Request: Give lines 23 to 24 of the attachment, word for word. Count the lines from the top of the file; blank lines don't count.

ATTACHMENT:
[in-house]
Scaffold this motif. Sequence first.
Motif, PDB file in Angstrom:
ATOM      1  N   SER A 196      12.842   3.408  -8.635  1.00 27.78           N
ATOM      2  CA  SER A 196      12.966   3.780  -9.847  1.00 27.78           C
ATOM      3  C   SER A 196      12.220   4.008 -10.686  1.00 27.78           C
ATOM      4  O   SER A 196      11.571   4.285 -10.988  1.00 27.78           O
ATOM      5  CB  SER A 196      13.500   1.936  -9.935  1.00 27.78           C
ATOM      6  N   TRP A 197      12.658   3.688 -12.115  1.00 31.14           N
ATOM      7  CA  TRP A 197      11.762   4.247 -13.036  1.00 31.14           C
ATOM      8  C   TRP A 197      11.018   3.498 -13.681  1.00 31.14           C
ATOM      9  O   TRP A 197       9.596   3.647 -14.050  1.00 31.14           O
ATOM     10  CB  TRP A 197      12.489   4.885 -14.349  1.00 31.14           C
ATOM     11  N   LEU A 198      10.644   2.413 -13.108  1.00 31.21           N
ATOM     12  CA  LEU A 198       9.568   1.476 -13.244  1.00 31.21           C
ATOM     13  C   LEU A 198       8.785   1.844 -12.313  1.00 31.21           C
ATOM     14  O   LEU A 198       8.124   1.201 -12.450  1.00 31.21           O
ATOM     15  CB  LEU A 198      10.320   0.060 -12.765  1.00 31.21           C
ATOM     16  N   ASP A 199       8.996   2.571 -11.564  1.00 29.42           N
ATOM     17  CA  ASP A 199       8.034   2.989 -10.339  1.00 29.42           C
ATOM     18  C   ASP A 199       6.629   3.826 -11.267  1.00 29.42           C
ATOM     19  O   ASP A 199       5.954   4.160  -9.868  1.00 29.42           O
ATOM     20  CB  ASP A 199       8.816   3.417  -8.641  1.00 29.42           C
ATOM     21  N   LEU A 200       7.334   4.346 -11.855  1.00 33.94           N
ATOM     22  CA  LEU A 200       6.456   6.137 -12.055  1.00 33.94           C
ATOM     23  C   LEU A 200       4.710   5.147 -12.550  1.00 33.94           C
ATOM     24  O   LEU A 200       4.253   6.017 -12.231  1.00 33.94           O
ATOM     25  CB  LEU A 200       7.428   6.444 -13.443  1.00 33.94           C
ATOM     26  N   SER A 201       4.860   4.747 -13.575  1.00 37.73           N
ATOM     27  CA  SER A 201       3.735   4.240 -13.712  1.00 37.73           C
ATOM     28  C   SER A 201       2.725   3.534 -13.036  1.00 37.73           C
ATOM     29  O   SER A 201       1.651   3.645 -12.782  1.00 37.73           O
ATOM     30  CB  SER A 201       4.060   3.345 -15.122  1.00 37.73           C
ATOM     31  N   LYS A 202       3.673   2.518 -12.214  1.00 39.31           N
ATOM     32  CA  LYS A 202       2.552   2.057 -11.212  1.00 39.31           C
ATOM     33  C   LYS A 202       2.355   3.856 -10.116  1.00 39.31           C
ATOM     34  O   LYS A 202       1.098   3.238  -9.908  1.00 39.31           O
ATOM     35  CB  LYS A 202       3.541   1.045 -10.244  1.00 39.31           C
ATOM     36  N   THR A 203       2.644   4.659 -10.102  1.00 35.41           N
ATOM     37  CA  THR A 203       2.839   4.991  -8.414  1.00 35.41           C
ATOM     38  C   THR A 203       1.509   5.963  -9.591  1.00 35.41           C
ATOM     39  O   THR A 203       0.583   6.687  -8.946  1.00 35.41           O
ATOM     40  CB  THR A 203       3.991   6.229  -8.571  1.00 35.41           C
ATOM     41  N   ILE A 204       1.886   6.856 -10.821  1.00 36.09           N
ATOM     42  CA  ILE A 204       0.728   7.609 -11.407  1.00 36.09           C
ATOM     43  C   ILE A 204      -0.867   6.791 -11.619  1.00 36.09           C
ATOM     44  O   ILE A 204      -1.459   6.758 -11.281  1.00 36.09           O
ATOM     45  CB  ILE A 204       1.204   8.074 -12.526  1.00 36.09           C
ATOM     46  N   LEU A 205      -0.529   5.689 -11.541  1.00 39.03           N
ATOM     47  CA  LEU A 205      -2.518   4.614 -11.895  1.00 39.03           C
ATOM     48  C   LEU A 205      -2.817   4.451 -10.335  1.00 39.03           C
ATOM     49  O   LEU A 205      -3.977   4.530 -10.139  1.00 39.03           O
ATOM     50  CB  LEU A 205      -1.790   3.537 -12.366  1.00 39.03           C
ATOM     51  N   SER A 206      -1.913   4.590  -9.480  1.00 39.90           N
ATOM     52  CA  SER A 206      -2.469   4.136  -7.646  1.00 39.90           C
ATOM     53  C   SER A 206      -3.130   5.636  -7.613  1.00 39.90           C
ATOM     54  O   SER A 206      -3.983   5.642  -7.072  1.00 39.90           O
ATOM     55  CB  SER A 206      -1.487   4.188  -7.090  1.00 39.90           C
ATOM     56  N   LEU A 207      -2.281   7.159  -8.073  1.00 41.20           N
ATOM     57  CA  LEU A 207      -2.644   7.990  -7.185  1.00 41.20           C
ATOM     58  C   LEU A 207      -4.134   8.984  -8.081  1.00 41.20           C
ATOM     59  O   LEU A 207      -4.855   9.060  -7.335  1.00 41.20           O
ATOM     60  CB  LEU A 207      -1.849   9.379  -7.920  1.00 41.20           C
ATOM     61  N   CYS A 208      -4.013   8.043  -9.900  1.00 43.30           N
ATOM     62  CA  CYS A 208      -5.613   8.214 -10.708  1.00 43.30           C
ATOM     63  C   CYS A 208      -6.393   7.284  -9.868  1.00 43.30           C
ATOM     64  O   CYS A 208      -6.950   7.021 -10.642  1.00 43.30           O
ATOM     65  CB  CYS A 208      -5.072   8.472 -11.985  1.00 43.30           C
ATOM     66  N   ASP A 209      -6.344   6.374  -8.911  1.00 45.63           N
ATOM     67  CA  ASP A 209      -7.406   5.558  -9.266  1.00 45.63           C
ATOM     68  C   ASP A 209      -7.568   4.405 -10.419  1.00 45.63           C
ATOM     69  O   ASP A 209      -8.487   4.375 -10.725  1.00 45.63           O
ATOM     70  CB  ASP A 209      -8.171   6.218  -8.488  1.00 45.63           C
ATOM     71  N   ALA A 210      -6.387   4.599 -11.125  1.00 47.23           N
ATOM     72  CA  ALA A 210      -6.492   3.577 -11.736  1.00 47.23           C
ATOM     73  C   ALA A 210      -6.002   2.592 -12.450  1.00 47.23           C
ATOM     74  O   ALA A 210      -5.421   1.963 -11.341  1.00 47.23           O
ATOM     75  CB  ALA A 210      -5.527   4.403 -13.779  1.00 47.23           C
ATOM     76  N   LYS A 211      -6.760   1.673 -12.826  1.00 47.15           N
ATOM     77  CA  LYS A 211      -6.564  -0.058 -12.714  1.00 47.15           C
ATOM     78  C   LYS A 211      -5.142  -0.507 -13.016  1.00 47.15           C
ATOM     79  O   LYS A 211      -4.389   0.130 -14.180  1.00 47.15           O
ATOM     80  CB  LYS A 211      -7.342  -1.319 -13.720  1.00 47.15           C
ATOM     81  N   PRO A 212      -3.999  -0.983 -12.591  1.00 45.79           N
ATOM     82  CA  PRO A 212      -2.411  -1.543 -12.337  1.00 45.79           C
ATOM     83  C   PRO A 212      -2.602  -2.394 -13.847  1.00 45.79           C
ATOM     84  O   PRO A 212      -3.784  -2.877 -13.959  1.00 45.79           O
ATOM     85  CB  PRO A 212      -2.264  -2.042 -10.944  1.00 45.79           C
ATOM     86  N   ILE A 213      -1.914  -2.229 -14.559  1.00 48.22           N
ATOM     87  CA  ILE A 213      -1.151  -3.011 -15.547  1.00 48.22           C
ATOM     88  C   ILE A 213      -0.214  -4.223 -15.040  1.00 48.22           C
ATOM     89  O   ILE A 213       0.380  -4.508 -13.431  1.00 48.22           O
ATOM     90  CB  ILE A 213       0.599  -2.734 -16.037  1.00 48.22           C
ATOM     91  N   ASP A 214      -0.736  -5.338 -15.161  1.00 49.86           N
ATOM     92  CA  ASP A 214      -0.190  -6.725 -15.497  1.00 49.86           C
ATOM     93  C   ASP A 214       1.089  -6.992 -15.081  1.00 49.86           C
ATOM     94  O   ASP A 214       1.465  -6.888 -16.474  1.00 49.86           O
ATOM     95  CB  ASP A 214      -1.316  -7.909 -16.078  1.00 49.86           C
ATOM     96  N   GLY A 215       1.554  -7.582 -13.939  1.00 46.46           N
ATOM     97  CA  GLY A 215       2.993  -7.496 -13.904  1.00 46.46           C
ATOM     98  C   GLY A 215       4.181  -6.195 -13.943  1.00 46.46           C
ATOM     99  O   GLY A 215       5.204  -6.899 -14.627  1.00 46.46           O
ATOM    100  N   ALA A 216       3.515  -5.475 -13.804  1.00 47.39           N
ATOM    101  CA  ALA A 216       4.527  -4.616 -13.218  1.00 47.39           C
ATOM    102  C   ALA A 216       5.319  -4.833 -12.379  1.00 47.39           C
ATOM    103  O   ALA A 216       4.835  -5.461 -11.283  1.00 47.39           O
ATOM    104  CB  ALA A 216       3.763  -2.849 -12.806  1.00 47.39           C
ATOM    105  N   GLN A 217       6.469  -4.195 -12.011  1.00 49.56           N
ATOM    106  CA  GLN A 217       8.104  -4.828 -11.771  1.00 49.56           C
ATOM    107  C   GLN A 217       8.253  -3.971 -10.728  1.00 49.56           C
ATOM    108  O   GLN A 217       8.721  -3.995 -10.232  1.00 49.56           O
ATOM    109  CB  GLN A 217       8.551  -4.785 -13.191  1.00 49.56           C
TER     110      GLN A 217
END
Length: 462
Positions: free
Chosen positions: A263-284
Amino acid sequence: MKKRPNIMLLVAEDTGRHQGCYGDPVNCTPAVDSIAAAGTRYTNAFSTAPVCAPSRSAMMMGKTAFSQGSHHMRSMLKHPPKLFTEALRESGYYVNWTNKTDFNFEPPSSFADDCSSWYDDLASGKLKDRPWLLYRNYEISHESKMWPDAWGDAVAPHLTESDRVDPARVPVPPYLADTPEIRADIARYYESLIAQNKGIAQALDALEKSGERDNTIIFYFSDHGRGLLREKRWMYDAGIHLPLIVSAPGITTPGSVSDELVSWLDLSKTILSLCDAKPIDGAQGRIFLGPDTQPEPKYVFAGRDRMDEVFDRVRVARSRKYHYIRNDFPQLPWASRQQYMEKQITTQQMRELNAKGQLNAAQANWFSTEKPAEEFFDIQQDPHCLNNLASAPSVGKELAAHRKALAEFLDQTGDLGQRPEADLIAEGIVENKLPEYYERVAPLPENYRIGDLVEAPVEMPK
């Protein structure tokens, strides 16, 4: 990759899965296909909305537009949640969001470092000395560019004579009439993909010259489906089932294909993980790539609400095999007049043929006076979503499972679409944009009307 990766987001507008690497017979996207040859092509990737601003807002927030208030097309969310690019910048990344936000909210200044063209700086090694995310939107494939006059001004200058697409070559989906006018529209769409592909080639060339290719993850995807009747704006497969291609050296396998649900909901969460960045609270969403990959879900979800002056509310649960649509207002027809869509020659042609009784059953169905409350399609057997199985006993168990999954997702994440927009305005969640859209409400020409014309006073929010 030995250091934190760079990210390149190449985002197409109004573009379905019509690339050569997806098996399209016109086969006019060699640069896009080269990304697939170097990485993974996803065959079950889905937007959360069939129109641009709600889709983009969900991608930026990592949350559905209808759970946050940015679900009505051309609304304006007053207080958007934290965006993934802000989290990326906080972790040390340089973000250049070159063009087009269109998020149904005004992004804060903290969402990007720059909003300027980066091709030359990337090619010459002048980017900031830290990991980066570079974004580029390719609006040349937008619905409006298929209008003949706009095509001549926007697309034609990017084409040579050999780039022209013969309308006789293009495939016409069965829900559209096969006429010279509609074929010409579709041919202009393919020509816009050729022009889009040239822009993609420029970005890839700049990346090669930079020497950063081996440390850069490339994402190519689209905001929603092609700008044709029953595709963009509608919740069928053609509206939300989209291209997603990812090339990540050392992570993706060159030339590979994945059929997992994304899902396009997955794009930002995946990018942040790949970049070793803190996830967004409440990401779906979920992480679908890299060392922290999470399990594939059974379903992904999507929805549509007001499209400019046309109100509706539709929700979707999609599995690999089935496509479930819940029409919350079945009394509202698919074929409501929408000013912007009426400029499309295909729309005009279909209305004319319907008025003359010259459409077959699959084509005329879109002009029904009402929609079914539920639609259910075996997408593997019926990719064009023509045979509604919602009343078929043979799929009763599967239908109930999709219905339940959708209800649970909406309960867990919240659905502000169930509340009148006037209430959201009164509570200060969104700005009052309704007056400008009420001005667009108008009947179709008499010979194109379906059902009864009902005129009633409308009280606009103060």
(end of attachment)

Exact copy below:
ATOM     20  CB  ASP A 199       8.816   3.417  -8.641  1.00 29.42           C
ATOM     21  N   LEU A 200       7.334   4.346 -11.855  1.00 33.94           N